American Antislavery Writings Colonial Beginnings To Emancipation

Autor: Various
Publisher: Library of America
ISBN: 1598532146
File Size: 28,19 MB
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For the 150th anniversary of the Emancipation Proclamation, here is a collection of writings that charts our nation’s long, heroic confrontation with its most poisonous evil. It’s an inspiring moral and political struggle whose evolution parallels the story of America itself. To advance their cause, the opponents of slavery employed every available literary form: fiction and poetry, essay and autobiography, sermons, pamphlets, speeches, hymns, plays, even children’s literature. This is the first anthology to take the full measure of a body of writing that spans nearly two centuries and, exceptionally for its time, embraced writers black and white, male and female. Benjamin Franklin, Thomas Paine, Phillis Wheatley, and Olaudah Equiano offer original, even revolutionary, eighteenth century responses to slavery. With the nineteenth century, an already diverse movement becomes even more varied: the impassioned rhetoric of Frederick Douglass and William Lloyd Garrison joins the fiction of Harriet Beecher Stowe, Louisa May Alcott, and William Wells Brown; memoirs of former slaves stand alongside protest poems by John Greenleaf Whittier, Henry Wadsworth Longfellow, and Lydia Sigourney; anonymous editorials complement speeches by statesmen such as Charles Sumner and Abraham Lincoln. Features helpful notes, a chronology of the antislavery movement, and a16-page color insert of illustrations.

The Soul Of America

Autor: Jon Meacham
Publisher: Random House Trade Paperbacks
ISBN: 0399589821
File Size: 5,10 MB
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#1 NEW YORK TIMES BESTSELLER * Pulitzer Prize-winning author Jon Meacham helps us understand the present moment in American politics and life by looking back at critical times in our history when hope overcame division and fear. NAMED ONE OF THE BEST BOOKS OF THE YEAR BY NPR * The Christian Science Monitor * Southern Living Our current climate of partisan fury is not new, and in The Soul of America Meacham shows us how what Abraham Lincoln called the "better angels of our nature" have repeatedly won the day. Painting surprising portraits of Lincoln and other presidents, including Ulysses S. Grant, Theodore Roosevelt, Woodrow Wilson, Franklin D. Roosevelt, Harry S. Truman, Dwight Eisenhower, and Lyndon B. Johnson, and illuminating the courage of such influential citizen activists as Martin Luther King, Jr., early suffragettes Alice Paul and Carrie Chapman Catt, civil rights pioneers Rosa Parks and John Lewis, First Lady Eleanor Roosevelt, and Army-McCarthy hearings lawyer Joseph N. Welch, Meacham brings vividly to life turning points in American history. He writes about the Civil War, Reconstruction, and the birth of the Lost Cause; the backlash against immigrants in the First World War and the resurgence of the Ku Klux Klan in the 1920s; the fight for women's rights; the demagoguery of Huey Long and Father Coughlin and the isolationist work of America First in the years before World War II; the anti-Communist witch-hunts led by Senator Joseph McCarthy; and Lyndon Johnson's crusade against Jim Crow. Each of these dramatic hours in our national life have been shaped by the contest to lead the country to look forward rather than back, to assert hope over fear--a struggle that continues even now. While the American story has not always--or even often--been heroic, we have been sustained by a belief in progress even in the gloomiest of times. In this inspiring book, Meacham reassures us, "The good news is that we have come through such darkness before"--as, time and again, Lincoln's better angels have found a way to prevail. Praise for The Soul of America "Brilliant, fascinating, timely . . . With compelling narratives of past eras of strife and disenchantment, Meacham offers wisdom for our own time."--Walter Isaacson "Gripping and inspiring, The Soul of America is Jon Meacham's declaration of his faith in America."--Newsday "Meacham gives readers a long-term perspective on American history and a reason to believe the soul of America is ultimately one of kindness and caring, not rancor and paranoia."--USA Today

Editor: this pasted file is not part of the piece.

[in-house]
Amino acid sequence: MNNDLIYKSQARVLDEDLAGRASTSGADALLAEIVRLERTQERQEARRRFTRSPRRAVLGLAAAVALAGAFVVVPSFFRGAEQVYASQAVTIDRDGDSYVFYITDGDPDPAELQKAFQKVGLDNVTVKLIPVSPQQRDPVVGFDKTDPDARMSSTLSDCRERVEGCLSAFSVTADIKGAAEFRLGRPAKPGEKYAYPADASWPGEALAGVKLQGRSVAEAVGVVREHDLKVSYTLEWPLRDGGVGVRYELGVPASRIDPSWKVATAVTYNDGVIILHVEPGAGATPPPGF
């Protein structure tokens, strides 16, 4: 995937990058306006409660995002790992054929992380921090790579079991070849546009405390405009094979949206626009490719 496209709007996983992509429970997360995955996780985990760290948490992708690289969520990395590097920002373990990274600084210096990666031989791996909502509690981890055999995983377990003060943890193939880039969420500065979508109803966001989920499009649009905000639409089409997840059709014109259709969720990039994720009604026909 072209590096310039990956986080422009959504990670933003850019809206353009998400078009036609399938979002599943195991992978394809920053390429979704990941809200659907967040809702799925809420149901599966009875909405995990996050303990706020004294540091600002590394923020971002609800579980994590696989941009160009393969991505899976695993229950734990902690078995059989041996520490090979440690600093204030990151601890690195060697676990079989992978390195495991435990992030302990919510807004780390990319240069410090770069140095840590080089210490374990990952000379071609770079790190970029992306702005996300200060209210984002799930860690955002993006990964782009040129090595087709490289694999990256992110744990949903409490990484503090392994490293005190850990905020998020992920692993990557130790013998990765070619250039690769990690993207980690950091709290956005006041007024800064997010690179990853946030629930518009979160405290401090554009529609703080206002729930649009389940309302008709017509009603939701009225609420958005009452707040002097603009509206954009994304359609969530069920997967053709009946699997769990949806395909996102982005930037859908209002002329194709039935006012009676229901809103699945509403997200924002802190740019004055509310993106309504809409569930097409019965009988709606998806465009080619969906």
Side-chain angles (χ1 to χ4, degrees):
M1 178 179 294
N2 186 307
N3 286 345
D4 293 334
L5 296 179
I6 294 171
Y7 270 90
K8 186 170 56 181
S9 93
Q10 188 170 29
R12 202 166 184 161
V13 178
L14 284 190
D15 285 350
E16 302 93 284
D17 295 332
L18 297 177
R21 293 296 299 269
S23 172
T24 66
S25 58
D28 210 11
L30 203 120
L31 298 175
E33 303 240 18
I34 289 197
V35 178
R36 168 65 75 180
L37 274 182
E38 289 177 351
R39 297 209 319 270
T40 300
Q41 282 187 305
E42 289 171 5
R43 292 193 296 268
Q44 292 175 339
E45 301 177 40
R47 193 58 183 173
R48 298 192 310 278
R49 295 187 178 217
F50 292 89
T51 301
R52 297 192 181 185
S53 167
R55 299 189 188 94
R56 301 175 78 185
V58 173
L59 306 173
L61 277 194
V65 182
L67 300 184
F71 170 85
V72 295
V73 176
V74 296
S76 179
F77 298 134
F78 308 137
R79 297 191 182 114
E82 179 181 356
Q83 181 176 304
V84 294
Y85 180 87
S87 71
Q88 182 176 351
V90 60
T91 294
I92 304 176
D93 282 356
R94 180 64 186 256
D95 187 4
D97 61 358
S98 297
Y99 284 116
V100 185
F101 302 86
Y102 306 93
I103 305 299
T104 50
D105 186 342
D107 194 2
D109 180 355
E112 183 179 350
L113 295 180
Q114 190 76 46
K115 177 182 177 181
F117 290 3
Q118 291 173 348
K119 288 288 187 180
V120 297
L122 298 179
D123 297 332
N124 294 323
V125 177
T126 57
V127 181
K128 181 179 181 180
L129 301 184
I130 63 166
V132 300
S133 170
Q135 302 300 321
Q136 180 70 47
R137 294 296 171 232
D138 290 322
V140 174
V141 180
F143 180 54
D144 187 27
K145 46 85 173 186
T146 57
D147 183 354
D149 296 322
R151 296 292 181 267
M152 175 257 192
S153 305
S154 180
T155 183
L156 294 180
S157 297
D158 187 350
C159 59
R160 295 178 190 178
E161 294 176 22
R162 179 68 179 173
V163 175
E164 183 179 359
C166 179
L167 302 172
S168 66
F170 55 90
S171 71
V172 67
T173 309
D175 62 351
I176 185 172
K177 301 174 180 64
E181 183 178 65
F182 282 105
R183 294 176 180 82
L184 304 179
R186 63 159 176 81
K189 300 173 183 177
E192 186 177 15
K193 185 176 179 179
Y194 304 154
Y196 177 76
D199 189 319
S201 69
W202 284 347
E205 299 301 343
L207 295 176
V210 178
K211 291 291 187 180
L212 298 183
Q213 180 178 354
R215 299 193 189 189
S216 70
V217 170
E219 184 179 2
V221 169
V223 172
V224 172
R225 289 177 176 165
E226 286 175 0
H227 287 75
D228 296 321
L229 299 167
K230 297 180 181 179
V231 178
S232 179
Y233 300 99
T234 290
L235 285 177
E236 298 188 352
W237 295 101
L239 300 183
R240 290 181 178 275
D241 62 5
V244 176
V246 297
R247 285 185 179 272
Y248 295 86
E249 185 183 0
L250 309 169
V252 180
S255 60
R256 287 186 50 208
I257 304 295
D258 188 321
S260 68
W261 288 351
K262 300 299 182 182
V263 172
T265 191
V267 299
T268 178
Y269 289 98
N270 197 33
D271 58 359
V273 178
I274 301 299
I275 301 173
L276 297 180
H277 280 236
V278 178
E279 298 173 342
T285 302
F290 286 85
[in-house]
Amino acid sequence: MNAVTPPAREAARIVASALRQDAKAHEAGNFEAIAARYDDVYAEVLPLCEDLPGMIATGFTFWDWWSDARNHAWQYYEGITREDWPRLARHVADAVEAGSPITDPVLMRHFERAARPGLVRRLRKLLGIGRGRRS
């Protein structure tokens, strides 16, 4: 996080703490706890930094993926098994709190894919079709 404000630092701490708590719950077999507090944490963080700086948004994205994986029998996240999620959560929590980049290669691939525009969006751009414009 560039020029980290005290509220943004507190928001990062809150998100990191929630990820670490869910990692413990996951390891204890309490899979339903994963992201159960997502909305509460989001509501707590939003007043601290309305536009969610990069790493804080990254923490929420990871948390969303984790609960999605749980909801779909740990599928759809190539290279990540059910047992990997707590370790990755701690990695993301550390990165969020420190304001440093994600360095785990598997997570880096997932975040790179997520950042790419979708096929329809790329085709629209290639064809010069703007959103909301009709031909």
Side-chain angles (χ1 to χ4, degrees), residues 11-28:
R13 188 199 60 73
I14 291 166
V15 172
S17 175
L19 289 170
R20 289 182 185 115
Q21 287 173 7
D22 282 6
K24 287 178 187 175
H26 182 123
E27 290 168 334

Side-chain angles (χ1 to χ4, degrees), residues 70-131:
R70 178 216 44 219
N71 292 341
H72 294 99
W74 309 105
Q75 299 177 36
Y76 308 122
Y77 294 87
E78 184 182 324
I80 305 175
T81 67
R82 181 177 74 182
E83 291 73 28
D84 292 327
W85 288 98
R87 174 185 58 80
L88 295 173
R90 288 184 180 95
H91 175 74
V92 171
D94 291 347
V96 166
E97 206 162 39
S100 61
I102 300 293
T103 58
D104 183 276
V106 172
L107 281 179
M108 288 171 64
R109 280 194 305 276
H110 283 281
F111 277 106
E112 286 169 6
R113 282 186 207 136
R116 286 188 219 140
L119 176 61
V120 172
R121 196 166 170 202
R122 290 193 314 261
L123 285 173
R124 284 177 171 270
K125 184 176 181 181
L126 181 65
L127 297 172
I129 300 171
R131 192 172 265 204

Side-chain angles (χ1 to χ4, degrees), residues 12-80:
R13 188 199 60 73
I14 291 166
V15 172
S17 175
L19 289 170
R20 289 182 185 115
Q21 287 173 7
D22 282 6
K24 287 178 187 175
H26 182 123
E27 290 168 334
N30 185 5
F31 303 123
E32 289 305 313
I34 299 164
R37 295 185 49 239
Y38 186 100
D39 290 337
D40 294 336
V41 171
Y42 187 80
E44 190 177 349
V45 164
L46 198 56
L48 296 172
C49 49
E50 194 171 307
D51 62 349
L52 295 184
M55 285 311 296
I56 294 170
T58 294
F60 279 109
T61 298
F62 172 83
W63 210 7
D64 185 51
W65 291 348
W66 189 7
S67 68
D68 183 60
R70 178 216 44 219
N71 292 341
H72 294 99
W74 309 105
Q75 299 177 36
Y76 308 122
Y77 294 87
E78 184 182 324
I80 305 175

No Property In Man

Autor: Sean Wilentz
Publisher: Harvard University Press
ISBN: 0674241428
File Size: 14,52 MB